Battle of White Oak Swamp Bridge

"Battle of White Oak Swamp Bridge, Monday June 30th, 1862- Ayres's, Mott's and Randall's batteries checking…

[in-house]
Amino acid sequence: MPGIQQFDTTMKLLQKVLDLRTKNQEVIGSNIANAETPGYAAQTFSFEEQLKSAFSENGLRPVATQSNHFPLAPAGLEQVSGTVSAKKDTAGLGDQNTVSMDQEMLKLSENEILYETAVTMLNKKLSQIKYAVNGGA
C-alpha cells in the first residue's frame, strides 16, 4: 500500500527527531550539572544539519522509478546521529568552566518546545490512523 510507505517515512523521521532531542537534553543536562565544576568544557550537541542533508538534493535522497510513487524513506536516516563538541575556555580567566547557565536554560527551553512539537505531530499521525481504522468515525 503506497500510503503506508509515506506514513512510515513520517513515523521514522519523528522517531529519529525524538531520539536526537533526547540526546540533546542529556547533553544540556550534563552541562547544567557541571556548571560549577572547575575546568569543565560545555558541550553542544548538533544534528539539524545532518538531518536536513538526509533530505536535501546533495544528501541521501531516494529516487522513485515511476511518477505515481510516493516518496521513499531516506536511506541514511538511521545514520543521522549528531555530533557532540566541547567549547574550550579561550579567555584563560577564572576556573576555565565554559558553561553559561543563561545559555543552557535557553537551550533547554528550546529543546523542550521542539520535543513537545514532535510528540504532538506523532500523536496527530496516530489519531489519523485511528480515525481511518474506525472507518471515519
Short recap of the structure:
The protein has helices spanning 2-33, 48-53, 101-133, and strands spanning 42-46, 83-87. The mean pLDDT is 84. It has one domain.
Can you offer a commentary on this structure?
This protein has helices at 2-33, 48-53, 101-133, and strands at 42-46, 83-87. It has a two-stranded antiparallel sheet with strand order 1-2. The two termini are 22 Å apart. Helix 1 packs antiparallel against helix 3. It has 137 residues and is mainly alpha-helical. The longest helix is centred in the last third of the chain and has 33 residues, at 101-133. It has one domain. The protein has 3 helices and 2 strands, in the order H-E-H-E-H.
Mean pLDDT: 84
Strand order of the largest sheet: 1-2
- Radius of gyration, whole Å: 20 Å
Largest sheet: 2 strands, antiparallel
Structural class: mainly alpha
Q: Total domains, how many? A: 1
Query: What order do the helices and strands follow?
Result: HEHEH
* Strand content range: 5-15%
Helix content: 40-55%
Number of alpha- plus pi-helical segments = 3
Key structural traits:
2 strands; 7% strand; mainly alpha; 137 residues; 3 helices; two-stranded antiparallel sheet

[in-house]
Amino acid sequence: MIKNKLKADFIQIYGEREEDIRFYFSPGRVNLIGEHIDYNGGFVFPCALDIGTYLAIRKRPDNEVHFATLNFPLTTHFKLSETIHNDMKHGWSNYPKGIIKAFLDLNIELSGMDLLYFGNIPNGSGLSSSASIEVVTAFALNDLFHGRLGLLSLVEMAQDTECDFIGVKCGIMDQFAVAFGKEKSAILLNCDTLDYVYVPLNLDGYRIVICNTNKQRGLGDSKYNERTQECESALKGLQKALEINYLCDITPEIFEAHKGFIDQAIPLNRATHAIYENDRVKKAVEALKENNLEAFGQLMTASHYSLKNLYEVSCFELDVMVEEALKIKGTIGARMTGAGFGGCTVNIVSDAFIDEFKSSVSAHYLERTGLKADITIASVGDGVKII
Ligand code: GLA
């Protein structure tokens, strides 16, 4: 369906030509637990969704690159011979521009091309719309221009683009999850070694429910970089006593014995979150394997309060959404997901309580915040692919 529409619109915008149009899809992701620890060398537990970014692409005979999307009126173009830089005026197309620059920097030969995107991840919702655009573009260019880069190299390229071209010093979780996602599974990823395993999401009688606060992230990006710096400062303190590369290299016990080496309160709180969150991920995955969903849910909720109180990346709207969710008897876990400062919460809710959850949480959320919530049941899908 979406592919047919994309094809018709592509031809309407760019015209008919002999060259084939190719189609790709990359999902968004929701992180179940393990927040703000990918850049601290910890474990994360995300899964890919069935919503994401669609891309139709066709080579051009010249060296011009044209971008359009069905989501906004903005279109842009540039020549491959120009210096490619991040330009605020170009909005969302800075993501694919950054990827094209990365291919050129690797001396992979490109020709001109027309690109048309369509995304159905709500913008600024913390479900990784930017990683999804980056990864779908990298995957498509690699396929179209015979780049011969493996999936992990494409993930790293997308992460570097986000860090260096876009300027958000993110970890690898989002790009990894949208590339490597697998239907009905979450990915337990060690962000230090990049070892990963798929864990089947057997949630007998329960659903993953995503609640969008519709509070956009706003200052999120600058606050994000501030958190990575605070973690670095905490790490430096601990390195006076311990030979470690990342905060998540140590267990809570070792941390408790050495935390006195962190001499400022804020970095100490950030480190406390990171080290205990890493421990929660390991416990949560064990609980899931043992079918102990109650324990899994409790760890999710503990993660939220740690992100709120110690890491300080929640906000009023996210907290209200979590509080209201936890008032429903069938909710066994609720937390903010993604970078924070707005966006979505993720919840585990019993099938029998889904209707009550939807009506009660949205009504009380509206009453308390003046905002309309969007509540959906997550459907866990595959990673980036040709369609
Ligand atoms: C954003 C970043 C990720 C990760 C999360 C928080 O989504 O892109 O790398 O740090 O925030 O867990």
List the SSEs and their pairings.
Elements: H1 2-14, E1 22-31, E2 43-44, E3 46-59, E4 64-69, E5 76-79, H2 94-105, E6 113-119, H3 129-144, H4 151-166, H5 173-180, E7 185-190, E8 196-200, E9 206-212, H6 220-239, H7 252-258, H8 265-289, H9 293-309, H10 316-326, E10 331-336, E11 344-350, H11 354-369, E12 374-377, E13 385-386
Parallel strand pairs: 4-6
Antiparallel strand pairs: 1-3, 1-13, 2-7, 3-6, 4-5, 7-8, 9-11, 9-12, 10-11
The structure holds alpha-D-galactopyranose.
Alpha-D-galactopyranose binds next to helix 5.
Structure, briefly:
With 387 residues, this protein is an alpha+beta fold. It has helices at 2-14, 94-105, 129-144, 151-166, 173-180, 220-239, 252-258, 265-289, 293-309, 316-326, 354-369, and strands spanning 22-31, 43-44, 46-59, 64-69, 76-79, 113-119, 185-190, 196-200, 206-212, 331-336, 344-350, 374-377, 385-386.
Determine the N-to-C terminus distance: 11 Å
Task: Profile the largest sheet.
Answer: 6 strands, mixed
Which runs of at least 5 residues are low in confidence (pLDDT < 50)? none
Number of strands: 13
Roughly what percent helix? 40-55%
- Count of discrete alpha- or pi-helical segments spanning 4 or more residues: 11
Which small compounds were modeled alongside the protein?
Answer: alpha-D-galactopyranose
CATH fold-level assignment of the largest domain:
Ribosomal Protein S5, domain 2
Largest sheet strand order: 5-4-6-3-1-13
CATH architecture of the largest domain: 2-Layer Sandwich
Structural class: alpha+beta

"Battle of White Oak Swamp Bridge, Monday June 30th, 1862- Ayres's, Mott's and Randall's batteries checking the advance of the Confederates. After the battle of Savage's Station the Federals continued on their retreat, and by eight o'clock on the morning of June 30th, 1862, they had crossed White Oak Swamp and Creek, after destroying the bridge over the latter and warding off the repeated attacks to which they were subjected throughout the night. After crossing White Oak Creek the Federals had quickly formed a new line of battle at Willis Church, General Hancock's forces being on the extreme right, while Porter's occupied the left, and Heintzelman's and Sumner's the intervening space. Jackson's advance was checked by the destruction of the bridge, and when he reached the creek, at about noon, he found the approaches well defended by artillery. Jackson opened upon Hancock's troops, and made repeated efforts to rebuild the bridge under cover of his heavy artillery, but he was every time repulsed. While this was going on Longstreet and Hill had come upon a Federal force at a place two miles away, called Frazier's Farm. Here stood Sumner and Hooker, on the extreme right, McCall somewhat in advance toward the centre and Kearny on the extreme left. When Longstreet found this force arrayed against him he waited for re-enforcements to come up, and it was four o'clock when he commenced the attack. McCall's left was first assailed by Kenper's brigade, which was met by the Pennsylvania Reserves under Colonel Simmons, who, after a bitter conflict, drove the Confederates into the woods with a loss of 250 killed and wounded and about 200 prisoners. Fresh troops then enabled the Confederates to drive back the Federals, who in turn lost heavily. Longstreet and Hill now pressed on, and the conflict became a severe one along the entire front. One point, then another, was vainly tried in the determined effort to break the Federal line. At length Wilcox's Alabama Brigade rushed across an open field upon McCall's left, directly against Randall's battery, which centered upon the Confederates a most galling fire. Nothing daunted, they moved on, and finally engaging in a desperate hand-to-hand fight, first captured Cooper's battery, and afterward Randall's battery, which had been doing such terrible execution. A charge was then ordered for the recapture of the guns. The Confederates bravely met the severe attacks that followed. A still more desperate hand-to-hand struggle took place for the possession of the lost batteries, which were finally recaptured. By dark the Confederates had retired into the woods, and the Federals remained on that portion of the field which they had lost earlier in the action. The Federal loss was about 1,800 killed and wounded, whilst that of the Confederates was over 2,000. Colonel Simmons and General Meade were both severely wounded, while General McCall was a made prisoner." —Leslie, 1896